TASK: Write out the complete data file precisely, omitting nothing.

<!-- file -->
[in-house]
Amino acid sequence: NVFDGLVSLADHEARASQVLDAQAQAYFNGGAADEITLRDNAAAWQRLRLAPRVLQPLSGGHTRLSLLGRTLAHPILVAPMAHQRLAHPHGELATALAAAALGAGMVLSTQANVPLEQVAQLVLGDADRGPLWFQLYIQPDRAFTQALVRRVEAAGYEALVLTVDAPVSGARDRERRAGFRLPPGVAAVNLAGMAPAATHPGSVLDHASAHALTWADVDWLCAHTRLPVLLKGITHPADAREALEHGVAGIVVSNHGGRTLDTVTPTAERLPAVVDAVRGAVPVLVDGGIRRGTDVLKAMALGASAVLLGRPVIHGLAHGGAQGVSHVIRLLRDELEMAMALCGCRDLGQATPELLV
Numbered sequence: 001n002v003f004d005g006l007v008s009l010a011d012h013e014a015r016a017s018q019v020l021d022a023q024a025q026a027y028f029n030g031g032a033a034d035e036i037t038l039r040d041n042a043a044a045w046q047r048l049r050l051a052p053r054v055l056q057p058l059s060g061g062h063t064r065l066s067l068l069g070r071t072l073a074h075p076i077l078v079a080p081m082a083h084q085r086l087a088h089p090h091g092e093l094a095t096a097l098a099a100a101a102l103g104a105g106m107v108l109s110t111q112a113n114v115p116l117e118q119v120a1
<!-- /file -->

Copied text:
[in-house]
Amino acid sequence: NVFDGLVSLADHEARASQVLDAQAQAYFNGGAADEITLRDNAAAWQRLRLAPRVLQPLSGGHTRLSLLGRTLAHPILVAPMAHQRLAHPHGELATALAAAALGAGMVLSTQANVPLEQVAQLVLGDADRGPLWFQLYIQPDRAFTQALVRRVEAAGYEALVLTVDAPVSGARDRERRAGFRLPPGVAAVNLAGMAPAATHPGSVLDHASAHALTWADVDWLCAHTRLPVLLKGITHPADAREALEHGVAGIVVSNHGGRTLDTVTPTAERLPAVVDAVRGAVPVLVDGGIRRGTDVLKAMALGASAVLLGRPVIHGLAHGGAQGVSHVIRLLRDELEMAMALCGCRDLGQATPELLV
Numbered sequence: 001n002v003f004d005g006l007v008s009l010a011d012h013e014a015r016a017s018q019v020l021d022a023q024a025q026a027y028f029n030g031g032a033a034d035e036i037t038l039r040d041n042a043a044a045w046q047r048l049r050l051a052p053r054v055l056q057p058l059s060g061g062h063t064r065l066s067l068l069g070r071t072l073a074h075p076i077l078v079a080p081m082a083h084q085r086l087a088h089p090h091g092e093l094a095t096a097l098a099a100a101a102l103g104a105g106m107v108l109s110t111q112a113n114v115p116l117e118q119v120a1